Optimizing sleep as a Soldier: The science, challenges and significance

A Soldier sleeps as he readies to deploy.

Sleep in the deployed environment and historical military attitudes

SILVER SPRING, Md. - Deployed Soldiers who may get only four to five hours of sleep per night do not receive as much of the end-of-night rapid eye movement sleep as someone who is getting seven to eight hours of sleep, which can affect daily performance and have a negative impact over time.

Nonlinear sleep-wake schedules are common in a deployed environment, which can be challenging to manage.

 “There are many external factors which are outside a service member’s control, but that should not mean we are resigned to feeling that sleep should be sacrificed,” said Lt. Col. Scott Williams, director of the Center for Military Psychiatry and Neuroscience, at the Walter Reed Army Institute of Research. “Sleep should be a priority, especially when not deployed, and all individuals can benefit from these strategies regardless of whether or not they are in the military.”

To better understand the needs of Soldiers in the field, WRAIR researchers have embedded with units both stateside and in combat zones like Afghanistan to provide advice regarding managing sleep and help understand the needs of Soldiers to design future research.

That research aims to improve effectiveness in combat, where even small changes like using melatonin properly or knowing when to take caffeine before a mission can improve a Soldier’s readiness and a unit’s readiness.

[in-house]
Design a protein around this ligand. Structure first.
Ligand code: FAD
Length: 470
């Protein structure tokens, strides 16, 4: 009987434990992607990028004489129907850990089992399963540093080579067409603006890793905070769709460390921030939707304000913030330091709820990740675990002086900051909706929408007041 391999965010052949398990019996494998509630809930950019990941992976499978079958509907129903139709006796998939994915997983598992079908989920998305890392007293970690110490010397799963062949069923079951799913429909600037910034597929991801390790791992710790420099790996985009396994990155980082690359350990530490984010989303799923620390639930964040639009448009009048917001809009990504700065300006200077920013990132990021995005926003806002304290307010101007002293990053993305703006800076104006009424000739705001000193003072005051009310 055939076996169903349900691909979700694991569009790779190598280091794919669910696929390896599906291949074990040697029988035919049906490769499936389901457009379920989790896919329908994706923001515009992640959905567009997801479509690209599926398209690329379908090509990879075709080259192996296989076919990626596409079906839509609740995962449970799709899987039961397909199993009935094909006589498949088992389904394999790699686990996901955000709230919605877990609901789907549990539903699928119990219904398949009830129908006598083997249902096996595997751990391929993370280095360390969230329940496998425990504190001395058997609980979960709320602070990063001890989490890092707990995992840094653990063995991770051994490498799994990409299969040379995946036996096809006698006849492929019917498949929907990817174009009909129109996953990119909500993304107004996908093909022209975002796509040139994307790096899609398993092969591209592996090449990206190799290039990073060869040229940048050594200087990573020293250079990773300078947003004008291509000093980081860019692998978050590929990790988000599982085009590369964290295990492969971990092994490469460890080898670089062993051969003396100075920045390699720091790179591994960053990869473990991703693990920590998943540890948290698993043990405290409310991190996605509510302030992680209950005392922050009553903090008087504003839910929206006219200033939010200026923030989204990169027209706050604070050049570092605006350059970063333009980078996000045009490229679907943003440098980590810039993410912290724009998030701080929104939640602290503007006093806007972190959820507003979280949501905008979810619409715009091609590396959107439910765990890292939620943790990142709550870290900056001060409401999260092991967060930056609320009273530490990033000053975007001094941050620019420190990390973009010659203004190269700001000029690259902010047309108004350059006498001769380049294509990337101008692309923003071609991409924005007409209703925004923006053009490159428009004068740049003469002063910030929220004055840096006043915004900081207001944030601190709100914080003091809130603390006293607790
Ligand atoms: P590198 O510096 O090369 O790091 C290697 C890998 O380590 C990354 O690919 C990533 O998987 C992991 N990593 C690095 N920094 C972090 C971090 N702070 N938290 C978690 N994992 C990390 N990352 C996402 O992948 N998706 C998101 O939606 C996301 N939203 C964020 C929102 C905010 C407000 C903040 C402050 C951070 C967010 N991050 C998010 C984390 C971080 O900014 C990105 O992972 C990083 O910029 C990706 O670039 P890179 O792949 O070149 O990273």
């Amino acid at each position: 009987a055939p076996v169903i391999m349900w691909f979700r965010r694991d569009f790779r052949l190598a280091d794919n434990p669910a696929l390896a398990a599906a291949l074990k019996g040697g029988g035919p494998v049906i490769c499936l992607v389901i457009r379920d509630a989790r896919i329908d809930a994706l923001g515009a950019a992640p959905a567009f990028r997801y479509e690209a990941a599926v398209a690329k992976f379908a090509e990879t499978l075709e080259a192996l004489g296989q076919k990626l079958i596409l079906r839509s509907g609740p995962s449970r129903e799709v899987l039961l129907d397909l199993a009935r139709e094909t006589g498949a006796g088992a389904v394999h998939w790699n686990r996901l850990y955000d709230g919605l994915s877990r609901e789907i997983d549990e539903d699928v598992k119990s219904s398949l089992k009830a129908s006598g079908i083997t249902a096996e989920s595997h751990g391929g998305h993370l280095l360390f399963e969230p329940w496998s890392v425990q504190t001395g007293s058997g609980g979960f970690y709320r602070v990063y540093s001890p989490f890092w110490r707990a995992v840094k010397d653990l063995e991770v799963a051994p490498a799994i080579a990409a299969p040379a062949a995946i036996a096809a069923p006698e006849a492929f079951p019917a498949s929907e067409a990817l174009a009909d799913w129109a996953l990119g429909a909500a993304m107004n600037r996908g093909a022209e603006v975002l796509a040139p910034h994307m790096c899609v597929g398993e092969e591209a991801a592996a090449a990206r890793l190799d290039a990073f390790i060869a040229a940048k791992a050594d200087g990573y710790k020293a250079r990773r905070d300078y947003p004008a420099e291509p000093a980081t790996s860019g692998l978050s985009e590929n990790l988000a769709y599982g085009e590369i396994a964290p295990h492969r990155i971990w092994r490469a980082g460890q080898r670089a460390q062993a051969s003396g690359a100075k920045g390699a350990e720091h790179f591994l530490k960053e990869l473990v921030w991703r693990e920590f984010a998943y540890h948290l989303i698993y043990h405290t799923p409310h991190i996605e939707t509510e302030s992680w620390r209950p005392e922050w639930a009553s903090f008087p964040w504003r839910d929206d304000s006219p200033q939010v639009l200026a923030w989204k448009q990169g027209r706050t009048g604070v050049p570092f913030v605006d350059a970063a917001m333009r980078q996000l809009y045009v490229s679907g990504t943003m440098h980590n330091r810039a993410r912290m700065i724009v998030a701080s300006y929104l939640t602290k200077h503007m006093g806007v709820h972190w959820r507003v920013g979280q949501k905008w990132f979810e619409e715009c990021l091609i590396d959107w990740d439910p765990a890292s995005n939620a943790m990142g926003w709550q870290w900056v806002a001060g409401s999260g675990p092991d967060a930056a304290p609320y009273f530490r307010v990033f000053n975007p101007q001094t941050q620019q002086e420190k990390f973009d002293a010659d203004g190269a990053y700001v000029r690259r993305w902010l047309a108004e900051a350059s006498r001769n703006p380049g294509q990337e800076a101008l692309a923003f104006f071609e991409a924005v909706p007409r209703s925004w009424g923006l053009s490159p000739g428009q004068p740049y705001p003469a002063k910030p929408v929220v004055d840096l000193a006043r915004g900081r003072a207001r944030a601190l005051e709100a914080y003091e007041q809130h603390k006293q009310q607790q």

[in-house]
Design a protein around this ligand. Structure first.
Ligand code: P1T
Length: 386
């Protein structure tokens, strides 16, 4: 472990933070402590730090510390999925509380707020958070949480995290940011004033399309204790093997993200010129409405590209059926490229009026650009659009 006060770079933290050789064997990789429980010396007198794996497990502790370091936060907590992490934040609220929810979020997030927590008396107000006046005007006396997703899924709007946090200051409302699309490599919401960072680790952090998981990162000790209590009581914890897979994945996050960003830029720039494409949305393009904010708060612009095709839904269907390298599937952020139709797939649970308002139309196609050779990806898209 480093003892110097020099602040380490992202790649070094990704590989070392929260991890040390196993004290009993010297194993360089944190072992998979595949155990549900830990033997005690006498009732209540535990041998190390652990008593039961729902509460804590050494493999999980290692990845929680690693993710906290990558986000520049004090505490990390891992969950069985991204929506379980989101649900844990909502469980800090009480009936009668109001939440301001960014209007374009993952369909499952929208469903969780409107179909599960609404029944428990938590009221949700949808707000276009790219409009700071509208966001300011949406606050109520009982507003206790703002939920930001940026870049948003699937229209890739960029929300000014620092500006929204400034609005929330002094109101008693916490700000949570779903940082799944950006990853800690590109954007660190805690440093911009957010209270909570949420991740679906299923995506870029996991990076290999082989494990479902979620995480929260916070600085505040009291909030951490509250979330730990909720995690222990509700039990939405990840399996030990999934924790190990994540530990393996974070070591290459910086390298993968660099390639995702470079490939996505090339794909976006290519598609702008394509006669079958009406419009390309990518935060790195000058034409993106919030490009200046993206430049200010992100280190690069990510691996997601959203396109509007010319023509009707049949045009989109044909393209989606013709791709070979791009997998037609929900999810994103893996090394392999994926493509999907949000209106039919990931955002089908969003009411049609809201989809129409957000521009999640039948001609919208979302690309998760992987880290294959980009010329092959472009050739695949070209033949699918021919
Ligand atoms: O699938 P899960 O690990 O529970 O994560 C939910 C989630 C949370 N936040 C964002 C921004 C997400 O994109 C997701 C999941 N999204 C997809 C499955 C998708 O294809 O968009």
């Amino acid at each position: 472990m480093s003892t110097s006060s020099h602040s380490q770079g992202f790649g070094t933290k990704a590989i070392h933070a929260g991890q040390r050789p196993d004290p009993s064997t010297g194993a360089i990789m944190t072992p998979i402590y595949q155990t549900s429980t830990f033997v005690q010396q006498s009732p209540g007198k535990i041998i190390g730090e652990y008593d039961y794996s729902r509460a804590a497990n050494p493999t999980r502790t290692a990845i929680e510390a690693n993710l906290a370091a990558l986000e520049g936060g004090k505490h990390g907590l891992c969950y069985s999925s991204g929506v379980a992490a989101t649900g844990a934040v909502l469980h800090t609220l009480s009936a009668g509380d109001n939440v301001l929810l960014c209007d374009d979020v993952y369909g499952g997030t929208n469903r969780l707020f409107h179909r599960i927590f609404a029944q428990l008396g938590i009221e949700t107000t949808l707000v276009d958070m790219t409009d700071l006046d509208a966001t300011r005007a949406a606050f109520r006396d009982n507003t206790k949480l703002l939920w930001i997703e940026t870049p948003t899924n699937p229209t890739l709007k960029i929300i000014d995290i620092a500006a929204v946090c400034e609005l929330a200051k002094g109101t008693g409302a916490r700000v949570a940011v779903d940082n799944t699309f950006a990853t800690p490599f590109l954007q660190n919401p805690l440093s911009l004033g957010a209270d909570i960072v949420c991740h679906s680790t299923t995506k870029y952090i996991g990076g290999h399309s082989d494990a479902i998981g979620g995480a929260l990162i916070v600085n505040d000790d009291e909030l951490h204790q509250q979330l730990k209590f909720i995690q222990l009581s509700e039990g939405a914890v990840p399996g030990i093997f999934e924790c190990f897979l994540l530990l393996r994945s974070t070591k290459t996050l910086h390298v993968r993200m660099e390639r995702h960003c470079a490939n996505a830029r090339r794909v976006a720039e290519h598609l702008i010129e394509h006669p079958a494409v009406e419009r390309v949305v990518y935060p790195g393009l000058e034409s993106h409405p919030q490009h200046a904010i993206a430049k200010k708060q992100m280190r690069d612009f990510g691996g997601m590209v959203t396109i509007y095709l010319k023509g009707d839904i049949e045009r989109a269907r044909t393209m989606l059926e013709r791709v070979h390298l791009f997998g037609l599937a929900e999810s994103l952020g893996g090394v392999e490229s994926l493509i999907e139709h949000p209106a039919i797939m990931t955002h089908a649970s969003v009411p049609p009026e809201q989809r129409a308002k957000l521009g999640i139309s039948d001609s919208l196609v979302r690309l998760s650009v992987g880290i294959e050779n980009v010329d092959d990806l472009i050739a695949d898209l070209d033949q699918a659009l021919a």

The Center for Military Psychiatry and Neuroscience also researches the connections between mental health and mission readiness. In the past, Army culture has sometimes viewed the need for sleep as a weakness or liability instead of seeing sleep as a potential combat enabler. As a result, Soldiers were expected to push through sleepiness, even when it wasn’t necessary, which affected performance.

“We are really bad at self-monitoring our functionality and performance because there is a large disconnect between your objective performance when you’re sleeping and your subjective feelings of tiredness,” said Dr. Janna Mantua, CMPN Operational Research Team, lead scientist. “This lack of awareness, lack of education and the culture of toughness all contribute to the disassociation between how we feel and how we perform.”

It is important to note that there are resources and people who work to see ensure that Soldiers are at their peak health prior to deployment. Mental health providers, leaders and fellow Soldiers all play a key role to their mental readiness. Even under stressful situations, it’s important to seek help and address any mental health concerns before the concerns are irreversible.

“[Soldiers] are highly focused on physical fitness because it is easily measured and leaders can easily understand how this translates to effectiveness on the battlefield,” Williams said. “Until we have enough experimentation, enough data and enough publicity to make everyone aware that doing things while drowsy is one of the most common dangers and fatal things we do on a regular basis, there will be a lot more work to do at WRAIR.”

Although sleep researchers and clinicians at WRAIR have demonstrated the value of sleep among Soldiers, changing the approach and narrative surrounding mental health in the military is still a work in progress.

“I think we would be fooling ourselves if we think that there is no longer a stigma against seeking behavioral health treatment and I think we have to be honest about that.” Williams said. “People fear they are not deployable which would hurt the unit and their pride so they pretend like there is nothing wrong.”

 

This article is the second of a series that explores the relationship between sleep and mental health and how this correlation affects Soldier and unit readiness.